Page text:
The circuit court reversed the Board of Immigration Appeals’ decision rejecting the petitioner’s asylum claim, ruled that she was eligible for asylum, and remanded for the BIA to reconsider her claim. The decision is a rare example of a circuit court reversing a decision under the highly deferential compulsion standard.

In Gonzales Aguilar v. Garland, — F.4th –, 2022 U.S. App. LEXIS 8183 (March 29, 2022), the U.S. Court of Appeals for the Tenth Circuit, in a split decision, ruled that any reasonable adjudicator would have been compelled to find a pattern and practice of persecution against a transgender women in Honduras. The circuit court thus reversed the Board of Immigration Appeals’ decision rejecting the petitioner’s asylum claim, ruled that she was eligible for asylum, and remanded for the BIA to reconsider her claim. The decision is a rare example of a circuit court reversing a decision under the highly deferential compulsion standard.

Immigration Court and BIA Proceedings

Petitioner Kelly Gonzalez Aguilar is a transgender woman from Honduras who was born male and called Oscar. Id. at *2. From an early age, Oscar displayed many feminine qualities. When his mother left home for Mexico, Oscar went to live with his uncle, who beat him and expressed disgust for his feminine behavior. Id. When Oscar was 12 years old, he and his sister fled to Mexico to look for their mother, but Oscar suffered further abuse in Mexico. Id. at *3. They then came to the United States, where Oscar publicly identified as a woman, took hormonal treatments, wore female clothes, and changed her name to Kelly. Id.

The government brought removal proceedings, and Kelly sought asylum, withholding of removal, and deferral of removal. Id. At her hearing before the immigration judge, Kelly explained her fear of returning to Honduras as a transgender woman. Id. The judge found Kelly’s testimony credible but denied asylum, withholding, and deferral. Id. She appealed, and a BIA member dismissed the appeal. Id. On the asylum claim, the BIA rejected her claims of past persecution and fear of future persecution. Id.

Both the majority and dissent began by articulating the applicable standard of review for the BIA’s fact findings. As stated by the majority, “We consider the Board’s factual findings [as] conclusive unless any reasonable adjudicator would be compelled to reach a contrary conclusion.” Id. at *4 (citations and internal quotation marks omitted); see also id. at *25 (Carson, J., concurring in part and dissenting in part) (“Congress mandates that we reverse factual findings only when evidence is so compelling that no reasonable factfinder could find as the BIA did—a high bar indeed.”). Though not cited in the majority opinion or the dissent, this “compulsion” standard is set forth in 8 U.S.C. §1252(b)(4)(B), which provides, “the administrative findings of fact are conclusive unless any reasonable adjudicator would be compelled to conclude to the contrary[.]”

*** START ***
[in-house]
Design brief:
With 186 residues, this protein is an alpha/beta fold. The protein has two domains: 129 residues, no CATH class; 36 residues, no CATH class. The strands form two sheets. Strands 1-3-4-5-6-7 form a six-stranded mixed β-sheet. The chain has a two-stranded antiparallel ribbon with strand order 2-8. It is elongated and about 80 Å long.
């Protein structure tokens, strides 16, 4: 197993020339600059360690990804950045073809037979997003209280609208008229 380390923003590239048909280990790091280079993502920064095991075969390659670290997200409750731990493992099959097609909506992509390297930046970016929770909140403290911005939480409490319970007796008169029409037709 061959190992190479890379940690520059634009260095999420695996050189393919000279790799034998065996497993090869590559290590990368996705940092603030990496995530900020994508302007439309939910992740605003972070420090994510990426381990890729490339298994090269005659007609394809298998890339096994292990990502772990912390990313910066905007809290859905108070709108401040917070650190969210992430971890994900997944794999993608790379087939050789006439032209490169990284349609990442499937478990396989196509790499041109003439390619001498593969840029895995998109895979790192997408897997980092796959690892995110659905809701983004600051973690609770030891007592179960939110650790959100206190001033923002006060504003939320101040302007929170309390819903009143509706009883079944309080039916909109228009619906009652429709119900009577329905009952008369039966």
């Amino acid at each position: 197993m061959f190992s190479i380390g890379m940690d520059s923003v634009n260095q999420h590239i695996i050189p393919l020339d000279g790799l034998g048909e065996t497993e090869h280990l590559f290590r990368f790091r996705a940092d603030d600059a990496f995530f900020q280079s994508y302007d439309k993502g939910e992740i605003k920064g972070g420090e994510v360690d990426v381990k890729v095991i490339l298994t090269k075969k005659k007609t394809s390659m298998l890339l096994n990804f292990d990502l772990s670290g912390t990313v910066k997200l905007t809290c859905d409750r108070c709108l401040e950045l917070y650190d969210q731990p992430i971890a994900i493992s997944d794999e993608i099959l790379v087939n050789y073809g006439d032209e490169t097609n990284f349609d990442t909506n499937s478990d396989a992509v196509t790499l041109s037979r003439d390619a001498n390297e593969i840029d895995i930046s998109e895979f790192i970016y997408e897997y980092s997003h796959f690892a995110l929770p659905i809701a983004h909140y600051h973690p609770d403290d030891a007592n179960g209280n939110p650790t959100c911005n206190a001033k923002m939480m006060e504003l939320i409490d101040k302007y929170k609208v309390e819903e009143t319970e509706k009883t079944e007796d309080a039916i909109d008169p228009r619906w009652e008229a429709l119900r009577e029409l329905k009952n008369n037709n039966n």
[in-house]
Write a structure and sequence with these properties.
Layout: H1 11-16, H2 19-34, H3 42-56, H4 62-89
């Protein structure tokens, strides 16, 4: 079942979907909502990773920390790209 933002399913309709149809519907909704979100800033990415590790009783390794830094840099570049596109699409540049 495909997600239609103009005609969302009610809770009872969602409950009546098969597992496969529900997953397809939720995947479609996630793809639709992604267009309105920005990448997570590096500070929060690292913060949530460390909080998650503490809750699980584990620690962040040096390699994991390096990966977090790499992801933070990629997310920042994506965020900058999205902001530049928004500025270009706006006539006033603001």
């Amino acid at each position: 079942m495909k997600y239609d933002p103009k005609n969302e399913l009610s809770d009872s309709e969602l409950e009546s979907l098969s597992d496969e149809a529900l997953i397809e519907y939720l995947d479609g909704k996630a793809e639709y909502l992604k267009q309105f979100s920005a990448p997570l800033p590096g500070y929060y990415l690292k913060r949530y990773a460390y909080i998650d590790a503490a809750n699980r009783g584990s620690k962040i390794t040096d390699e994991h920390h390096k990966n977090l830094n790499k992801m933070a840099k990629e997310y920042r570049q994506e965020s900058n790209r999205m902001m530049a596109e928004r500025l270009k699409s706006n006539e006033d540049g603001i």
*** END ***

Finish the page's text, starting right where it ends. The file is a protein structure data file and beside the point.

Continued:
The majority noted that in assessing the BIA’s order, it could consult the immigration judge’s opinion “to the extent the [BIA] relied upon or incorporated it.” Gonzales Aguilar, 2022 U.S. App. LEXIS 8183, at *3-4 (quoting Sarr v. Gonzales, 474 F.3d 1197, 1204 (10th Cir. 2007)). As described below, the majority invoked the immigration judge’s opinion in reserving the BIA on the issue of fear of future persecution.

The Majority Decision

The majority determined that the BIA erred in ruling that Kelly wasn’t eligible for asylum. To be eligible, an applicant must prove refugee status, which she can do by proving “past persecution or a well-founded fear of future persecution.” Id. at *4. For past persecution, the applicant must prove membership in a social group that was “at least one central reason” for the persecution. Id. at *5 (quoting 8 U.S.C. §1158(b)(1)(B)(i)). The majority initially ruled that (1) substantial evidence supported the immigration judge’s finding that Kelly’s gender identity wasn’t a central reason for her past beatings by her uncle, and (2) she had not preserved her other theory of past persecution for appellate review. Id. at *5-7. It thus concluded that she failed to show past persecution based on gender identity. Id. at *7.